|Structure and function of hydrothermal vent crustacean haemocyanin: an update|
Lallier, F.; Camus, L.; Chausson, F.; Truchot, J.-P. (1998). Structure and function of hydrothermal vent crustacean haemocyanin: an update. Cah. Biol. Mar. 39(3-4): 313-316
In: Cahiers de Biologie Marine. Station Biologique de Roscoff: Paris. ISSN 0007-9723, more
|Also published as |
- Lallier, F.; Camus, L.; Chausson, F.; Truchot, J.-P. (1998). Structure and function of hydrothermal vent crustacean haemocyanin: an update, in: Proceedings of the First International Symposium on Deep-Sea Hydrothermal Vent Biology: Funchal, Madeira, Portugal 20-24 October 1997. Cahiers de Biologie Marine, 39(3-4): pp. 313-316, more
|Authors|| || Top |
- Lallier, F.
- Camus, L.
- Chausson, F.
- Truchot, J.-P.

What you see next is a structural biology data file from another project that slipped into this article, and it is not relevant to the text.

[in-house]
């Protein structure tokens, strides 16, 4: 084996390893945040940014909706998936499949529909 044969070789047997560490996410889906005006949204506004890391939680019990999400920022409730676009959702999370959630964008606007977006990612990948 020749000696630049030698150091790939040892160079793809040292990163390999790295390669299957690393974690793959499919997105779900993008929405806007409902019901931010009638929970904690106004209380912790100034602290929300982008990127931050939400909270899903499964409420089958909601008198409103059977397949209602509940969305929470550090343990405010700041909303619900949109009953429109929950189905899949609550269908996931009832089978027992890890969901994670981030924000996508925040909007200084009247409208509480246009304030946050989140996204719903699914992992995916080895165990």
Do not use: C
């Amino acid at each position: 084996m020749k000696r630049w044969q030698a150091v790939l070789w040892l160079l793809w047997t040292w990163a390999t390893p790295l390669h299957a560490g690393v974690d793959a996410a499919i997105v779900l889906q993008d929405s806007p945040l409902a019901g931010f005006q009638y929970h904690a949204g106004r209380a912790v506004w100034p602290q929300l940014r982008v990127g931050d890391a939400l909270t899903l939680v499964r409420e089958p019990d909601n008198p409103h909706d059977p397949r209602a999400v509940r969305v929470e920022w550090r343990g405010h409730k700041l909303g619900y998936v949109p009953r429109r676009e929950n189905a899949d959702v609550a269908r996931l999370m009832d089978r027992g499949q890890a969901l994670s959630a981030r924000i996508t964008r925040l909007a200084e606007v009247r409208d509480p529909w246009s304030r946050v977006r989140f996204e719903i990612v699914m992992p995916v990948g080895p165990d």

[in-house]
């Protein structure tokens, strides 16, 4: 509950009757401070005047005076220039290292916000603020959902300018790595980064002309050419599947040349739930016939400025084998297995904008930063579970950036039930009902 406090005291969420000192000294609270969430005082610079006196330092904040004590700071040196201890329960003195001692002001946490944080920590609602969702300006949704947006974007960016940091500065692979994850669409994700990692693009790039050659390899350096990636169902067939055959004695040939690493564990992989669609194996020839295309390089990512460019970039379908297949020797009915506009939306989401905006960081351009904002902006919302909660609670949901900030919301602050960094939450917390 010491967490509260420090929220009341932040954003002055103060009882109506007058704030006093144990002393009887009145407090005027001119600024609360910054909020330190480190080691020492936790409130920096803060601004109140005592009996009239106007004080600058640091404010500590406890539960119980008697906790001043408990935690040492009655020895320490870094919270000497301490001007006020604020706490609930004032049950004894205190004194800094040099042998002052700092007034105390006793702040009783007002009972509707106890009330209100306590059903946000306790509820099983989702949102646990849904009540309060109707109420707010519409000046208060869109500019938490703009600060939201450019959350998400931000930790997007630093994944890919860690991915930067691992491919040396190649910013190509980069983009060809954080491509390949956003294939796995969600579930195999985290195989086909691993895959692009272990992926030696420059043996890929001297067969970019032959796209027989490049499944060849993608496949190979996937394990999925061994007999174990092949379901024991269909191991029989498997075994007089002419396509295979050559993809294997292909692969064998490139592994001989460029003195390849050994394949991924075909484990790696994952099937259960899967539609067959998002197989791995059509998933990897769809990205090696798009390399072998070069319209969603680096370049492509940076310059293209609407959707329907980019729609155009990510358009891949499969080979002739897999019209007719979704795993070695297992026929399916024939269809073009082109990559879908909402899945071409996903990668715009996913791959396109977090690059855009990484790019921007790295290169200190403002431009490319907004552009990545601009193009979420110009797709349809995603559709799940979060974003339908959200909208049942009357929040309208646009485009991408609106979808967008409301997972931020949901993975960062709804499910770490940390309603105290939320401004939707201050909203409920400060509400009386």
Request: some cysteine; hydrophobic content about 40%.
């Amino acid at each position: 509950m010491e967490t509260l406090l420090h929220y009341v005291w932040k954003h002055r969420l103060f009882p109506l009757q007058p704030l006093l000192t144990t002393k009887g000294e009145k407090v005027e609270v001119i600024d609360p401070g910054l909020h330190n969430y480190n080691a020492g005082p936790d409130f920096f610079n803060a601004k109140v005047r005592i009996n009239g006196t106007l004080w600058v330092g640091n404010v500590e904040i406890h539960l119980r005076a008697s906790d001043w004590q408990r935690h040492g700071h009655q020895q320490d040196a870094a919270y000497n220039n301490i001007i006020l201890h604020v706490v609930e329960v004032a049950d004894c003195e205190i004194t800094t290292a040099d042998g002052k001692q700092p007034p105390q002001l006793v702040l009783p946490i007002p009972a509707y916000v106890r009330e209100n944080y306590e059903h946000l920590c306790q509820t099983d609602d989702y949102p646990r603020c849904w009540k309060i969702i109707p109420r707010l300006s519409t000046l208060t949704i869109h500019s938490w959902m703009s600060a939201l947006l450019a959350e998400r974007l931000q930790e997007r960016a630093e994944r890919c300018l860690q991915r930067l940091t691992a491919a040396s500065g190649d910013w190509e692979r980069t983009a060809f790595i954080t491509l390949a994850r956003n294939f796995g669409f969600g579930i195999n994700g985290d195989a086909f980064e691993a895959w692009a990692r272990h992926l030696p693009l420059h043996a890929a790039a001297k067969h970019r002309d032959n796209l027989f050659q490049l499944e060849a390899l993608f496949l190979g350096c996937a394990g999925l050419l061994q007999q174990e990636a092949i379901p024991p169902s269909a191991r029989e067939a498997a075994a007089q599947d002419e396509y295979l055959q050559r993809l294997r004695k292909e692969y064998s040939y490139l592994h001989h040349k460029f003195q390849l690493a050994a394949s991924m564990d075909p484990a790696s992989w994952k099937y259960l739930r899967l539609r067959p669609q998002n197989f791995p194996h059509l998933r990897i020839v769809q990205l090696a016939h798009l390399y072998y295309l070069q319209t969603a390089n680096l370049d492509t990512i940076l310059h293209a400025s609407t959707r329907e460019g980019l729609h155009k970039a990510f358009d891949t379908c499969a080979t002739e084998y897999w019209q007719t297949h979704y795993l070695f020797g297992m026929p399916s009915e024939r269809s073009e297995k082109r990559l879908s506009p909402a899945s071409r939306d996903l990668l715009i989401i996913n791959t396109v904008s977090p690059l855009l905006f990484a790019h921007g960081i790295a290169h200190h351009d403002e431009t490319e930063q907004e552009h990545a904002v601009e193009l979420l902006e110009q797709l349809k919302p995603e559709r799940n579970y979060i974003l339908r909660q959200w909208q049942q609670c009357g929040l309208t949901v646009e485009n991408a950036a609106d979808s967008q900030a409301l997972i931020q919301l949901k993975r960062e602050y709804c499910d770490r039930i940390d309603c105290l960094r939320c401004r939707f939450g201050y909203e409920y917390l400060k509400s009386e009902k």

The respiratory pigment of decapod crustaceans is haemocyanin that binds reversibly oxygen to a pair of copper atoms. It is a large extracellular protein, with a blue colour, which has a typical hexameric structure (Markl & Decker, 1992) and a large potential for functional plasticity (Truchot & Lallier, 1992). Although in vivo data would be necessary to infer true physiological adaptations to the vent environment, it is tempting to speculate from the in vitro characteristics of haemocyanin presented in this paper. The quaternary structure seems to be essentially correlated with the taxonomy of the studied species: the two shrimps (C. chacei and R. exoculata) exhibit the usual predominance of hexameric haemocyanin, whereas the crabs (B. thermydron and C. praedator) possess a larger proportion of dodecamers. The subunit composition apparently shows a similar pattern to other crustaceans (Markl & Decker, 1992) but it should be more accurately determined using modern techniques such as mass spectrometry. The functional properties of oxygen binding, however, appear to be related to the respective habitat of each species. R. exoculata and C. praedator, which are believed to live in warmer waters, close to the vent chimneys, exhibit some common functional properties like a moderate Hc-O2 affinity due to one or several unknown factors which decrease this affinity. This unique potential to lower affinity could eventually prove beneficial in the large physico-chemical gradient in which they live. Conversely, C. chacei and B. thermydron which live in cooler waters, among Bathymodiolus and Riftia respectively, exhibit an higher Hc-O2 affinity due to a more pronounced lactate effect. This tentative scheme needs to be substantiated with detailed information on the microenvironment of each species, which in turn would allow in vivo experiments to be conducted in appropriate conditions.